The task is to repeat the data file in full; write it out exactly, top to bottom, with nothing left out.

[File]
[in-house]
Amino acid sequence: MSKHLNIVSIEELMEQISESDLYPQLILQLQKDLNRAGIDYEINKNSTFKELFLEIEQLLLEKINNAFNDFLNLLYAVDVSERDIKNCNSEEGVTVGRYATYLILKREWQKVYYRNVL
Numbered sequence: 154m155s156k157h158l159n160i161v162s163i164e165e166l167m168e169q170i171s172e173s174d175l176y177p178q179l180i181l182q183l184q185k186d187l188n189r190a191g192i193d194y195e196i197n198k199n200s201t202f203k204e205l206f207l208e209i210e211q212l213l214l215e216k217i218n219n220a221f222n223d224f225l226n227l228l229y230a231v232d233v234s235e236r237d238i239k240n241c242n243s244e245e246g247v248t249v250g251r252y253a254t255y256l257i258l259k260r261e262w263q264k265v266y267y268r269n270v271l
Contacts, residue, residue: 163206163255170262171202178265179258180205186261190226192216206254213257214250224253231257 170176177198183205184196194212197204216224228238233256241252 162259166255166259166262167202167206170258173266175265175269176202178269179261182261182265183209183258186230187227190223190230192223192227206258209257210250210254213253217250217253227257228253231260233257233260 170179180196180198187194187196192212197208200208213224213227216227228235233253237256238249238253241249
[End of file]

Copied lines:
[in-house]
Amino acid sequence: MSKHLNIVSIEELMEQISESDLYPQLILQLQKDLNRAGIDYEINKNSTFKELFLEIEQLLLEKINNAFNDFLNLLYAVDVSERDIKNCNSEEGVTVGRYATYLILKREWQKVYYRNVL
Numbered sequence: 154m155s156k157h158l159n160i161v162s163i164e165e166l167m168e169q170i171s172e173s174d175l176y177p178q179l180i181l182q183l184q185k186d187l188n189r190a191g192i193d194y195e196i197n198k199n200s201t202f203k204e205l206f207l208e209i210e211q212l213l214l215e216k217i218n219n220a221f222n223d224f225l226n227l228l229y230a231v232d233v234s235e236r237d238i239k240n241c242n243s244e245e246g247v248t249v250g251r252y253a254t255y256l257i258l259k260r261e262w263q264k265v266y267y268r269n270v271l
Contacts, residue, residue: 163206163255170262171202178265179258180205186261190226192216206254213257214250224253231257 170176177198183205184196194212197204216224228238233256241252 162259166255166259166262167202167206170258173266175265175269176202178269179261182261182265183209183258186230187227190223190230192223192227206258209257210250210254213253217250217253227257228253231260233257233260 170179180196180198187194187196192212197208200208213224213227216227228235233253237256238249238253241249